Watching paint dry is a funny way to describe the ultimate boredom, but crafters know that it can seem to take forever for pigments to dry when you’re waiting to move to the next step of the project. With a few tricks that help the paint dry faster, you won’t feel like you’ve waited a decade or two.
Working With Watercolor
In general, watercolor paints dry fairly quickly in comparison to other types of paint, but drying it more quickly can help prevent streaking and bleed lines in large blocks of solid color. Start by using less water in your brush when you apply the paint. Then, use a hair dryer set on the cool setting to gently blow the paint dry. Don't hold the hair dryer too close to the painting, otherwise it can spread wet watercolor where you don't want it.
Although it seems a little counter-intuitive, diluting acrylic paint by about 10 percent actually helps the paint dry faster. Using a foam brush and applying the paint as a series of washes or multiple thin layers also helps them dry more quickly. A hair dryer or heat gun work well with these paints as well. Hold the dryer about 18 to 24 inches above the surface and slowly move closer, keeping the dryer moving constantly. Again, use a cooler setting to prevent buckling the paint.
Speeding Up Oil Paints
One of the positive characteristics of oil paint is its slow drying time, which allows the artist to make changes before the paint completely sets. But sometimes you still want to speed the drying process up a bit, especially when you work in a humid environment.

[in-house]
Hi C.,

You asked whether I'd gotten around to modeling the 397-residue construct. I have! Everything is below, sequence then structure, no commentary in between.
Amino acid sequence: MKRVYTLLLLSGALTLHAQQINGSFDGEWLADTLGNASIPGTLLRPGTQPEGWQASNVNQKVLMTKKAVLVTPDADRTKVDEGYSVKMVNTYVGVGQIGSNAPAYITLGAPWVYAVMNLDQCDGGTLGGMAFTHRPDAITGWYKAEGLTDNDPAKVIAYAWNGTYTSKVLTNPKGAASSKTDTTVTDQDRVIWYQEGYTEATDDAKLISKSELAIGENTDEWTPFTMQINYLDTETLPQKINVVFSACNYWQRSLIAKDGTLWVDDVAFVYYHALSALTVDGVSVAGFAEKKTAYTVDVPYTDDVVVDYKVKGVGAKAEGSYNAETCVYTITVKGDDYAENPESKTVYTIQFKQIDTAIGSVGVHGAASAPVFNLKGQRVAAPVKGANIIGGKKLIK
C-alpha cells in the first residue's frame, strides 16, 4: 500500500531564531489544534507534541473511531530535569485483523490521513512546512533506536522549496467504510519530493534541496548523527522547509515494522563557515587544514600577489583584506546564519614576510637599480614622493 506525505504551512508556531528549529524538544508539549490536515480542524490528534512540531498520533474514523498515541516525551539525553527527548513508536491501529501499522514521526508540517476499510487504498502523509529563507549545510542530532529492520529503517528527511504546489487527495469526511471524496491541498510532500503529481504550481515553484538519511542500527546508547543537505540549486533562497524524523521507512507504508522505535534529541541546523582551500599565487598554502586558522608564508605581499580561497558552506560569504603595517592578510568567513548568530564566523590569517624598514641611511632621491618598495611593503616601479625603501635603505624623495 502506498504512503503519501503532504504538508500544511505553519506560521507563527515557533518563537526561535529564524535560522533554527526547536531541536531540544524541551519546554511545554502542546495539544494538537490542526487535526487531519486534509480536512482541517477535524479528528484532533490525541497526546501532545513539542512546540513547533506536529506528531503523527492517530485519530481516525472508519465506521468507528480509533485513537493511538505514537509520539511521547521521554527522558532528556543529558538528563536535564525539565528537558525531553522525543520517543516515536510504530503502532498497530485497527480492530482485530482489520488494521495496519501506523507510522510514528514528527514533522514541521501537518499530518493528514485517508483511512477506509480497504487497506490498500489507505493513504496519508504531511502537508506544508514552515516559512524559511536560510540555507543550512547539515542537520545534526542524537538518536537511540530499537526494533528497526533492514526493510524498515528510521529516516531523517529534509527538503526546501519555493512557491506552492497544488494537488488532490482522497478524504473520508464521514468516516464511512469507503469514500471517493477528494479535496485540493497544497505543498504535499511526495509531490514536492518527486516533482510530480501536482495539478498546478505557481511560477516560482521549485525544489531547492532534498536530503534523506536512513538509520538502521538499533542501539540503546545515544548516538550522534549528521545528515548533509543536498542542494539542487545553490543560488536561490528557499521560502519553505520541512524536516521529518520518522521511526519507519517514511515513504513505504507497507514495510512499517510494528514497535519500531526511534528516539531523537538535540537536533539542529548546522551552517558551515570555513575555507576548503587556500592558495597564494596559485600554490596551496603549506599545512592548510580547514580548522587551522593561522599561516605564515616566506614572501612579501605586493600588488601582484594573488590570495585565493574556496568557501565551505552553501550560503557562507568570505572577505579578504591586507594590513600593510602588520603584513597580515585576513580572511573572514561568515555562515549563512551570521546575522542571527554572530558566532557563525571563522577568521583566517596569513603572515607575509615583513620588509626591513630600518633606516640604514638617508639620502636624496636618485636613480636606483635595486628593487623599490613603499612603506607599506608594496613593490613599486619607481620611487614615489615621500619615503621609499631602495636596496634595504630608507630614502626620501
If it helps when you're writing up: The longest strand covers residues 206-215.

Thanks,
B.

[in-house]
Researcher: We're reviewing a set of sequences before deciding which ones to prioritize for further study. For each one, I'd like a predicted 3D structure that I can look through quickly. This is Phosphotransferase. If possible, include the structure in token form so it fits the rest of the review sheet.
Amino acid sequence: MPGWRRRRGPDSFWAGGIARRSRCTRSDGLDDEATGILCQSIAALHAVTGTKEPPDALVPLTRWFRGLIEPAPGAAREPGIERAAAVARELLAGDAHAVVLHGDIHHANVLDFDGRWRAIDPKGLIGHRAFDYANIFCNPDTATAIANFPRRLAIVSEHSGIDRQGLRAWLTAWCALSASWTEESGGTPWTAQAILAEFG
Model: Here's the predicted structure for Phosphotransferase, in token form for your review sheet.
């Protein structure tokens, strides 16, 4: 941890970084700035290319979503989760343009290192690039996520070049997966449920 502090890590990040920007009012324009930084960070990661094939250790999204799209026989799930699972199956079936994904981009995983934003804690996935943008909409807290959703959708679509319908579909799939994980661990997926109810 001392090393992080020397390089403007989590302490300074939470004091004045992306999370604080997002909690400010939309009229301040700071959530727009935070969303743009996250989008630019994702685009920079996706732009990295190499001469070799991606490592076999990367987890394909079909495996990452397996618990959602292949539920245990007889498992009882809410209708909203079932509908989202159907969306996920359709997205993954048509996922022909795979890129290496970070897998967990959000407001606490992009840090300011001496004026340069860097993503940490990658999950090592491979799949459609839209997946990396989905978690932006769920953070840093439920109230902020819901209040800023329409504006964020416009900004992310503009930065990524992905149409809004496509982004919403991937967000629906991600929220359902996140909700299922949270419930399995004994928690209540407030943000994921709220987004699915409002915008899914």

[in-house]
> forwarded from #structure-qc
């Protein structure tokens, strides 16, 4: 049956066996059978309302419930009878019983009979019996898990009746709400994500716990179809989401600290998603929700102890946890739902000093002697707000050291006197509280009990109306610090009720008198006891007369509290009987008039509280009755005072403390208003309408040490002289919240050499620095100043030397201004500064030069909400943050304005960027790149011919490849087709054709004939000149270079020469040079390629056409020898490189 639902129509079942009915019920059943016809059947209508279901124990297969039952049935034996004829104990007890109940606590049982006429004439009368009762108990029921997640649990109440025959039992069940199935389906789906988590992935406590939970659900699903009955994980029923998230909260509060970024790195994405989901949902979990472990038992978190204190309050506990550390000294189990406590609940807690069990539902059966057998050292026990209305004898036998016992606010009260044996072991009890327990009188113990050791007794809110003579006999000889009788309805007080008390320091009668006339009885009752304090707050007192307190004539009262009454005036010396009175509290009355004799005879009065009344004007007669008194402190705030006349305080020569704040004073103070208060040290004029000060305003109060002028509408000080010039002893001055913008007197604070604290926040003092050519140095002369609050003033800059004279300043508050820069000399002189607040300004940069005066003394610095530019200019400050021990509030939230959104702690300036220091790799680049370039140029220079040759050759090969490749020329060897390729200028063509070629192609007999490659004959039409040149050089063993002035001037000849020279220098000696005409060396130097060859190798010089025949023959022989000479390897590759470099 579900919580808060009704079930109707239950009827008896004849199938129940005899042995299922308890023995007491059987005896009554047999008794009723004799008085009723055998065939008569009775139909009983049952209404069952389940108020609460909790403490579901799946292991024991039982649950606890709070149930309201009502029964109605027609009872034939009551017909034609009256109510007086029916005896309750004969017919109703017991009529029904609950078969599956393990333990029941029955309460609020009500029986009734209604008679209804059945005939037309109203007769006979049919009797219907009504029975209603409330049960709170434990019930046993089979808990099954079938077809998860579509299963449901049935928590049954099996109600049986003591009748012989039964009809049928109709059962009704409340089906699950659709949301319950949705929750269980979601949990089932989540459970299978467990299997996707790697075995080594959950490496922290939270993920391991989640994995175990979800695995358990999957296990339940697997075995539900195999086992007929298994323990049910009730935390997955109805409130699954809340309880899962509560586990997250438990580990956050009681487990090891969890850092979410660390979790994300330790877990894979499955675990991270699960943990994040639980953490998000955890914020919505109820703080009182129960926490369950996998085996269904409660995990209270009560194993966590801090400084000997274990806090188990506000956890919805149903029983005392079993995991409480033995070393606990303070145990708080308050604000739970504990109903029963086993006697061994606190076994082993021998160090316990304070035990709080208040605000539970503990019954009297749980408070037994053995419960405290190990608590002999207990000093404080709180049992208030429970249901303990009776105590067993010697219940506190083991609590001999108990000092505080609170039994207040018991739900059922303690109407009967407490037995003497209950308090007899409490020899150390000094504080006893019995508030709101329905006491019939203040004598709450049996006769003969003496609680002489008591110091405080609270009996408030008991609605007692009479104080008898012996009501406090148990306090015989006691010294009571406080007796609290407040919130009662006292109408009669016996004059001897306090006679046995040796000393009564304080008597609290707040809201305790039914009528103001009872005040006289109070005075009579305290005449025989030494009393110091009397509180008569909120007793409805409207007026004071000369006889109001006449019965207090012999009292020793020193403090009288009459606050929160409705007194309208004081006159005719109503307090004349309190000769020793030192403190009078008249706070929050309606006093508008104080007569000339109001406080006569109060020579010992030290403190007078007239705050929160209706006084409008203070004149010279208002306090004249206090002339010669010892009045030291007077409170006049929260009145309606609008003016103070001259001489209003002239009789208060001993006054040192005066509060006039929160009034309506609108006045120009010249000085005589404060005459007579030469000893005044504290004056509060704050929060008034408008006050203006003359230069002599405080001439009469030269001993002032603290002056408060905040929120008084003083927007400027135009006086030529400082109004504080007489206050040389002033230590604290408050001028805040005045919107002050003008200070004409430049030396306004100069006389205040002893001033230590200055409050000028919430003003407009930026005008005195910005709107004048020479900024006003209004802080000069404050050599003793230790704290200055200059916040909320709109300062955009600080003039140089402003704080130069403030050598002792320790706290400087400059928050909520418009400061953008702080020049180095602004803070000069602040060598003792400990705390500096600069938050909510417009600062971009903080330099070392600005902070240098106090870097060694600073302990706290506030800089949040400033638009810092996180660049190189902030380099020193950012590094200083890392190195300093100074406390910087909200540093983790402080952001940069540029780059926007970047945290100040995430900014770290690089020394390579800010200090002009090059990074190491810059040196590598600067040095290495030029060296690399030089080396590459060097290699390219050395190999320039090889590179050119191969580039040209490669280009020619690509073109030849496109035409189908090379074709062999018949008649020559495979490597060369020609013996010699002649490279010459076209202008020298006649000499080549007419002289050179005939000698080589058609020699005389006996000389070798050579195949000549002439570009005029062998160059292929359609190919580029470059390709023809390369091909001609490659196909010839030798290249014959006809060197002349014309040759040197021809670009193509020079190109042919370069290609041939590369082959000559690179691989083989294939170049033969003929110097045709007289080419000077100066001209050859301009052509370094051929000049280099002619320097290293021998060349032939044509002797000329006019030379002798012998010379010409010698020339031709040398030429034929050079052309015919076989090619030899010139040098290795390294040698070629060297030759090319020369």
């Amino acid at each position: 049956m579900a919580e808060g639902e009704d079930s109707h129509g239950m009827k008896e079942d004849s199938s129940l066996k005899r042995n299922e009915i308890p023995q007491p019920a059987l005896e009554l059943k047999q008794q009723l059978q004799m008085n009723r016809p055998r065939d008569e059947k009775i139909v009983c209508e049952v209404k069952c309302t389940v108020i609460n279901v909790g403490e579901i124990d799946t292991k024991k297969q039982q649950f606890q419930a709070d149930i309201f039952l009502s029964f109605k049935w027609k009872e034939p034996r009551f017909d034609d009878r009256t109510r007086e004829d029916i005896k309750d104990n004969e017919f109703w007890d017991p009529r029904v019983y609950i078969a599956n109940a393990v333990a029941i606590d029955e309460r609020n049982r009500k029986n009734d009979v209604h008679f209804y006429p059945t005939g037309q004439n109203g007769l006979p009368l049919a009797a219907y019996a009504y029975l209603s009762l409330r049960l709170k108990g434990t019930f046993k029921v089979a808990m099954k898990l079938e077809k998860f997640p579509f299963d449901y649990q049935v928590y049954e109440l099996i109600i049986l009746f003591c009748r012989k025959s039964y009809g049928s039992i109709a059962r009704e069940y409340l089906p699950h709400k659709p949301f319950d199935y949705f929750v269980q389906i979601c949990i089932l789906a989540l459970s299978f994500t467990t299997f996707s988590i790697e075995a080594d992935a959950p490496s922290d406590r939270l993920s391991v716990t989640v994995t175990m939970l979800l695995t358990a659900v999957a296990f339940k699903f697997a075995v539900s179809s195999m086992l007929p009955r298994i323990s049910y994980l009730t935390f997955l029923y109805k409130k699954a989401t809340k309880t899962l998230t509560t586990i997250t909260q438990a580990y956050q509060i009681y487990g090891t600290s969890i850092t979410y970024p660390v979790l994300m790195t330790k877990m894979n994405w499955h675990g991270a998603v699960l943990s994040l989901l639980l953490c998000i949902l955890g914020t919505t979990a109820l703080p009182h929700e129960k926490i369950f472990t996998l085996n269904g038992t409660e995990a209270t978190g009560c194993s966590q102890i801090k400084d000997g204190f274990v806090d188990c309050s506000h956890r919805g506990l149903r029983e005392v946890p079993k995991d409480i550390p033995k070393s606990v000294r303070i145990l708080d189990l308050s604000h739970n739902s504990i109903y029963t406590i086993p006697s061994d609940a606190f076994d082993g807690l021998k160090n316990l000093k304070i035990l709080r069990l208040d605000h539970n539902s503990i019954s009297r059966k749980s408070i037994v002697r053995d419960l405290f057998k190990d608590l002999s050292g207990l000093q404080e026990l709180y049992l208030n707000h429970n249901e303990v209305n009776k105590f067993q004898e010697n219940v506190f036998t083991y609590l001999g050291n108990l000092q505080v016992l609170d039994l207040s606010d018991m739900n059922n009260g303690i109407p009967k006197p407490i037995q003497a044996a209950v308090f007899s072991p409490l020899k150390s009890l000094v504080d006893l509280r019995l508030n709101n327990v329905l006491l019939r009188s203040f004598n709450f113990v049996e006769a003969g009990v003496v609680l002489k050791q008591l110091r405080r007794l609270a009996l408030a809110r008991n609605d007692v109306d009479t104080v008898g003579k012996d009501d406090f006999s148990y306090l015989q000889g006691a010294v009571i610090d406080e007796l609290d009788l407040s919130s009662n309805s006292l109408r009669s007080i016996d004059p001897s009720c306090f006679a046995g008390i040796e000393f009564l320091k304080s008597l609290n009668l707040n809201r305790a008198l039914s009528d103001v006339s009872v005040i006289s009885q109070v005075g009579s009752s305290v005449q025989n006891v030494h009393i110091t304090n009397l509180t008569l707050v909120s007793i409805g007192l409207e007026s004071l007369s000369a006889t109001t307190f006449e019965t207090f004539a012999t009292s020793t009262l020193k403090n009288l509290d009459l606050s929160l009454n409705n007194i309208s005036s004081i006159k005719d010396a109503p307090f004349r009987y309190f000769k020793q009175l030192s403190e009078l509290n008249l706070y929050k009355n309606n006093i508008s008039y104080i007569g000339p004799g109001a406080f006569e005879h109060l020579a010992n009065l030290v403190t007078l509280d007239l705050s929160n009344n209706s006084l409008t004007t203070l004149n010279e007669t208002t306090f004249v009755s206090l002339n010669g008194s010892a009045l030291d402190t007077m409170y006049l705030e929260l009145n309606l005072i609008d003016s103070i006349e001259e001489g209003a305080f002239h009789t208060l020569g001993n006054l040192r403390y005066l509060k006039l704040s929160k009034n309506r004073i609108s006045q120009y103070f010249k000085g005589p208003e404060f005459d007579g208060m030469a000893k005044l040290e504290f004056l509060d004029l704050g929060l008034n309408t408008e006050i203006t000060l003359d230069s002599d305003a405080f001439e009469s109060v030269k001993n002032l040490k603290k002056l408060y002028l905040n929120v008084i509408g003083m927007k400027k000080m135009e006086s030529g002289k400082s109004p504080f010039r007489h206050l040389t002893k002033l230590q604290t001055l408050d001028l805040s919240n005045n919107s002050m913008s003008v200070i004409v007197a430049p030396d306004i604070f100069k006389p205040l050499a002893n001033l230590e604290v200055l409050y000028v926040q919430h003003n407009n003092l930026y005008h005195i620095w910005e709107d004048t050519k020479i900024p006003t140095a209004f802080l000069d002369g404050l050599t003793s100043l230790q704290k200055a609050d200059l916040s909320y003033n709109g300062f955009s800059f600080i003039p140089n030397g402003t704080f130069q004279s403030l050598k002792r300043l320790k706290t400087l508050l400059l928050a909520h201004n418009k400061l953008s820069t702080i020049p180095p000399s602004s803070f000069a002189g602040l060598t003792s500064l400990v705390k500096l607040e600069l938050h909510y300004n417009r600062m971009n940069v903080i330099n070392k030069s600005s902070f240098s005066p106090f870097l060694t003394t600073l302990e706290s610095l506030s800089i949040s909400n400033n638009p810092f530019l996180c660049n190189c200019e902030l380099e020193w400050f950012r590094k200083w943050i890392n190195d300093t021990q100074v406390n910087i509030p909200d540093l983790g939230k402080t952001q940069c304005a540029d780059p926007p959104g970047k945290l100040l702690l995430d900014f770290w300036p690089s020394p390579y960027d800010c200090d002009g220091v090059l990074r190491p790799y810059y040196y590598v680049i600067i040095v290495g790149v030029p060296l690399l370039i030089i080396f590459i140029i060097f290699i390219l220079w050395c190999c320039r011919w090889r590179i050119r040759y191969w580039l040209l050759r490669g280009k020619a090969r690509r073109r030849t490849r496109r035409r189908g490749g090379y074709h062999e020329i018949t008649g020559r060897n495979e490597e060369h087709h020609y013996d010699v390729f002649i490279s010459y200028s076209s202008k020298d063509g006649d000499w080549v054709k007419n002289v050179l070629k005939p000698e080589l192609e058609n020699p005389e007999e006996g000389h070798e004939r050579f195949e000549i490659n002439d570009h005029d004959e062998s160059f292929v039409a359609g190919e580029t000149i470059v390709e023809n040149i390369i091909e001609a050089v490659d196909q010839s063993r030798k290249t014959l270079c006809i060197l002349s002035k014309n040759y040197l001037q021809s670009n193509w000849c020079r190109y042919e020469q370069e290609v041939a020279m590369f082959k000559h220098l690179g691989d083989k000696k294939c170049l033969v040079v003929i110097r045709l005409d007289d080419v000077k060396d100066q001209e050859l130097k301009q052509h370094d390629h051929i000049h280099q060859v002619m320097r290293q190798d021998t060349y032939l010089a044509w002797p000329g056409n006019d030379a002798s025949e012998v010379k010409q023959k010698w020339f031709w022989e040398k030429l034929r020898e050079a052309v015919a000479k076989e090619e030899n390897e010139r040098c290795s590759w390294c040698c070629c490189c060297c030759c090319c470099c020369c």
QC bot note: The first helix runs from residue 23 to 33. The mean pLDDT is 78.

Paint in a room with a dehydrator and a fan and apply the paint in thin layers or washes. Add linseed oil or another drying medium to hasten the process. Another way to speed things up is to paint the background or underpainting with acrylic paint washes.
Oil Paint Drying Mediums
Drying mediums can speed an oil painting along -- which essentially takes a month or two to completely dry before varnishing. Stick to the thick-over-thin rule when oil painting, adding successive thicker layers over thinner washes.
- Use turpentine to thin oil paints and hasten drying
- Alkyd mediums speed drying along
- Select a cobalt medium to dry oil paints quicker
When you choose a flat surface -- like a board or wood instead of a textured canvas, oil paints tend to dry out quicker. You can also choose fast-drying oil paints that take less time to dry than conventional paints.